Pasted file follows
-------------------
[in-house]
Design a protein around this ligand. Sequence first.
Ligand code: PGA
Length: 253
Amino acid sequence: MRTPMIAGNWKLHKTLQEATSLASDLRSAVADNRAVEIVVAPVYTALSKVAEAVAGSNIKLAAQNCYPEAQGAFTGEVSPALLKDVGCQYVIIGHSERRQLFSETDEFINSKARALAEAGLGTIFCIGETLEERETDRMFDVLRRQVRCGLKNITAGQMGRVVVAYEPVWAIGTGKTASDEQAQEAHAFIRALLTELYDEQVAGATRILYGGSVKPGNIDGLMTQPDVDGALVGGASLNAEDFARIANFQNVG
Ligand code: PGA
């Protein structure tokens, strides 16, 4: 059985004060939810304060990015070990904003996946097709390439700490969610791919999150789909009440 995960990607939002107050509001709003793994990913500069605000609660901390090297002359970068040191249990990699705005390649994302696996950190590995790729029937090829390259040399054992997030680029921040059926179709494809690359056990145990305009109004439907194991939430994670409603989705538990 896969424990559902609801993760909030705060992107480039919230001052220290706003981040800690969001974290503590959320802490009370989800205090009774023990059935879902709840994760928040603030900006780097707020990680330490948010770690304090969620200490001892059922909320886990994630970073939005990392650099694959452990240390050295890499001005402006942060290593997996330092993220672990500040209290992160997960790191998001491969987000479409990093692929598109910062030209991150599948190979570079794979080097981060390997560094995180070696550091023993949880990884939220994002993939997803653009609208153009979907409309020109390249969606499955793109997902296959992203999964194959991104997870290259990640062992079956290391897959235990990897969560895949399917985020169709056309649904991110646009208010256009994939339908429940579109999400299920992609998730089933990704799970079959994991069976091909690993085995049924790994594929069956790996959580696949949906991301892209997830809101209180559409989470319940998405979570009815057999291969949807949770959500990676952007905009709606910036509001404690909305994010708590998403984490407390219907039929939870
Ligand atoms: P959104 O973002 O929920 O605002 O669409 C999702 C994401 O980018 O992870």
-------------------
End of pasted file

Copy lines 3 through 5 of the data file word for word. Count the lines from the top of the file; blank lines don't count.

Ligand code: PGA
Length: 253
Amino acid sequence: MRTPMIAGNWKLHKTLQEATSLASDLRSAVADNRAVEIVVAPVYTALSKVAEAVAGSNIKLAAQNCYPEAQGAFTGEVSPALLKDVGCQYVIIGHSERRQLFSETDEFINSKARALAEAGLGTIFCIGETLEERETDRMFDVLRRQVRCGLKNITAGQMGRVVVAYEPVWAIGTGKTASDEQAQEAHAFIRALLTELYDEQVAGATRILYGGSVKPGNIDGLMTQPDVDGALVGGASLNAEDFARIANFQNVG